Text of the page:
Bite the bullet. Buy a 302. Don't look back.

Regards,

Ty Ford
Ty, now you know that I wouldn't take a swipe at you, but not everyone has the ability to run a mixer in the field, especially if they are a one man band type operation. Hell, you know that I am a sound nut as you, but I run my setups myself, and I have to keep my setup as simple and compact as I can. I personally tried the mixer route, but couldn't swing it by myself. So as a result I settled on small field recorders (Marantz, Edirol and such) as well as 4 track recorders like the Edirol R4, with good success. Thus the reason that I praise them so much for event vidoegraphers like myself.

Since I now use Sony FX1's myself, I don't have built in XLR's and require a XLR box, and like to use the quietest, smallest, and best that I can. The 302 while a great box is too large for my setup, this is why I have a Beachtek DXA-FX and will be testing the Juicedlink to see if it's better. If it's better then for me it's a no brainer and switch to a quieter box with preamps.

The juicedLink and the DXA6 have different architectures (passive vs preamp). But, they are both products intended to address the same market (camcorder adapter with phantom), which are similarly priced. As a consumer, that's exactly the comparison that I believe the test was aimed at.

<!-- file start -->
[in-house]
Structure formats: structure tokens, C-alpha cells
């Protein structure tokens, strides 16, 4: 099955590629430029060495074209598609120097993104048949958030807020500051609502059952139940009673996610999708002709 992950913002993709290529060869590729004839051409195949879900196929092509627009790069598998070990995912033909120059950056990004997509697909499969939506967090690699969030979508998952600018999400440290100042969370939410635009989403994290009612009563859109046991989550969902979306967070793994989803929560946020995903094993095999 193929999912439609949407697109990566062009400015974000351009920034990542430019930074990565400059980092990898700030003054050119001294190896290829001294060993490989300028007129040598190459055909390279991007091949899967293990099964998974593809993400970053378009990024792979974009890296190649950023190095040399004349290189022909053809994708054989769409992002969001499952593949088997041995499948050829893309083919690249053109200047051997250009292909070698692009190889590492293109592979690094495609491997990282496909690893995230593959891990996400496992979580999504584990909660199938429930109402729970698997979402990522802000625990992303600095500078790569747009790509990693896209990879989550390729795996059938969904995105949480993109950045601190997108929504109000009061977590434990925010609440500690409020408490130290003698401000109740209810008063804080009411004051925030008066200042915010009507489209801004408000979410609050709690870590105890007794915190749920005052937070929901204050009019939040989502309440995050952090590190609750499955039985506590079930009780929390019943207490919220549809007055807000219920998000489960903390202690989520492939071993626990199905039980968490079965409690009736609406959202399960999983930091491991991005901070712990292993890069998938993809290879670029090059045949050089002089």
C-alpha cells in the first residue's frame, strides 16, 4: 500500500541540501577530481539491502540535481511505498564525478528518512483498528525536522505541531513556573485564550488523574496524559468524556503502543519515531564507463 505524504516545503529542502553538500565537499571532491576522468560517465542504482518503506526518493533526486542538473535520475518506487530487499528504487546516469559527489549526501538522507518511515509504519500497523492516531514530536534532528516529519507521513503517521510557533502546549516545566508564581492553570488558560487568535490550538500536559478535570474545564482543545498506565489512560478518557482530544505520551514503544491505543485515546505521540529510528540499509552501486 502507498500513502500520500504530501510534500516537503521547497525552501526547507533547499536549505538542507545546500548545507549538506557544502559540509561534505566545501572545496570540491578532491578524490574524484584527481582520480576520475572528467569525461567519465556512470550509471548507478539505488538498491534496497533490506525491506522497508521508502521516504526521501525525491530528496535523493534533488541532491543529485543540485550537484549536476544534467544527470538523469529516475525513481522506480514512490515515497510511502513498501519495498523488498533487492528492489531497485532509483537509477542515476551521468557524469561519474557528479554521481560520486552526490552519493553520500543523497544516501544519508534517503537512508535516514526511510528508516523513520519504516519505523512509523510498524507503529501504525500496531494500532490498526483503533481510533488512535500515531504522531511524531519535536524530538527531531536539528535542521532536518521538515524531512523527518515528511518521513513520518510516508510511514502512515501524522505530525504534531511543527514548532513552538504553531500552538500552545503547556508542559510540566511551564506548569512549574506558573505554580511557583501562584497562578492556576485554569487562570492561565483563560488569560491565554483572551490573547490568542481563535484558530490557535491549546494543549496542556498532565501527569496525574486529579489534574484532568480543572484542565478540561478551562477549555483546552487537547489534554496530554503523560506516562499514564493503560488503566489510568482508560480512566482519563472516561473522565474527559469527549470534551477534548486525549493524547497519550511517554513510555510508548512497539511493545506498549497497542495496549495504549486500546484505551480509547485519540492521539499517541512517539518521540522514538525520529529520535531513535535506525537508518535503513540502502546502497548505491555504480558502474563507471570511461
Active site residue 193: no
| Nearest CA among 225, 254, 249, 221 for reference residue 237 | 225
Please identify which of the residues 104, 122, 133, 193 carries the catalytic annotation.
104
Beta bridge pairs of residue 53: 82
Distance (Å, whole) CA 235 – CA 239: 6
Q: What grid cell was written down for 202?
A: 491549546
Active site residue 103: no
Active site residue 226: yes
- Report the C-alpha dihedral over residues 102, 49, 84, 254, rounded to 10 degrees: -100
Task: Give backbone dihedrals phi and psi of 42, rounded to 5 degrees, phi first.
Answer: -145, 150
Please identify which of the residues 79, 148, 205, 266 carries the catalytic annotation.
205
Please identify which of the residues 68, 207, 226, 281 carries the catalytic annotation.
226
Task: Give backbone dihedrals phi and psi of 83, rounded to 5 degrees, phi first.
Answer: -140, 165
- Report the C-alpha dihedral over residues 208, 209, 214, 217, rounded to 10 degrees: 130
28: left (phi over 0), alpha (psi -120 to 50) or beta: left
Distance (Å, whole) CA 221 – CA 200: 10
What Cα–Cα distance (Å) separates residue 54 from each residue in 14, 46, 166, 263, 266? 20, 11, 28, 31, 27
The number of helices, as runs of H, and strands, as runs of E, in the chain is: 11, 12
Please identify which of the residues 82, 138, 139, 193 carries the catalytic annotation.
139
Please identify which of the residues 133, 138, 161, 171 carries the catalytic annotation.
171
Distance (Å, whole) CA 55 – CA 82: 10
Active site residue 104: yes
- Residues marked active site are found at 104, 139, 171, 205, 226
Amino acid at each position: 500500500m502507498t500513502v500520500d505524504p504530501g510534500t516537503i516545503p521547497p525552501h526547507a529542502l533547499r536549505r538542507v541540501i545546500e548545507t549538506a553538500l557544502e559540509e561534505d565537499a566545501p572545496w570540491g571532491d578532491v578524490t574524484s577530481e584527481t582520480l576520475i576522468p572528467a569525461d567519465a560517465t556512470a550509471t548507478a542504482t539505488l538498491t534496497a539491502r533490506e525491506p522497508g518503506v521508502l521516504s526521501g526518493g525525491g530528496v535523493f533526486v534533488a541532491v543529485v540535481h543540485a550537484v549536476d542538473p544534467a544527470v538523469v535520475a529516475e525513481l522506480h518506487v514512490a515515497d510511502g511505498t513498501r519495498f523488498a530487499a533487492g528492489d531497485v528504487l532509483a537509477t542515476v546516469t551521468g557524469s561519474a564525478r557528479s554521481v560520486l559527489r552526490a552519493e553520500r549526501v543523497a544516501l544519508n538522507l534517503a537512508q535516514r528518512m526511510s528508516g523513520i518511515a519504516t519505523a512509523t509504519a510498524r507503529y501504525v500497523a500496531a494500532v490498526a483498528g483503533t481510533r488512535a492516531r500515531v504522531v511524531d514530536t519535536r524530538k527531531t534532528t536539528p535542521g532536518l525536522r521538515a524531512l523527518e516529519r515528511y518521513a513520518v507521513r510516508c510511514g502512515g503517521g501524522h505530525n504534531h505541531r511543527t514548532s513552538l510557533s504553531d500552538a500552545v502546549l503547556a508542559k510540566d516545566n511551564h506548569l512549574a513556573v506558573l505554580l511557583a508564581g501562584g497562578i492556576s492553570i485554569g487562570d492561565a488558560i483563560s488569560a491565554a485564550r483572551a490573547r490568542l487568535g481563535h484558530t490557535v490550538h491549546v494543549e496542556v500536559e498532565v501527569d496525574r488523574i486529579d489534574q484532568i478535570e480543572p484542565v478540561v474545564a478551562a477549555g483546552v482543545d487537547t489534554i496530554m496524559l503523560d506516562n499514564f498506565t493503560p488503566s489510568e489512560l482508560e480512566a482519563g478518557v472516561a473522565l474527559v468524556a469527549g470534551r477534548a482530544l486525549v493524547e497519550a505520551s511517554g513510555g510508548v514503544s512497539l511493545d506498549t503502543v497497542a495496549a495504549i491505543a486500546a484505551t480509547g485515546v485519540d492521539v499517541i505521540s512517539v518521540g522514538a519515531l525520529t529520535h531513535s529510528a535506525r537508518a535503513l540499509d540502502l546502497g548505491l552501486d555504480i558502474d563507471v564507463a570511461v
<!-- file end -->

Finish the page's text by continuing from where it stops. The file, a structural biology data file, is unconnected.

This isn't as good a a 302 and I don't think that it was ever intended to be, thus it wasn't compared to a mixer, but an XLR box.

If he has the need for a good field mixer and can swing one in his setup he can do so. But if he wants a better than average compact solution for a one man band shop, this box might do the trick better than a field mixer.

As I said, I haven't tested this yet, but will be in the coming weeks after it arrives.
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Old April 4th, 2008, 08:23 AM   #7
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Quote:
Originally Posted by Michael Liebergot View Post
Ronnie, I would contact them to see if they can make arrangements to deliver outside the states. Maybe something can be worked out.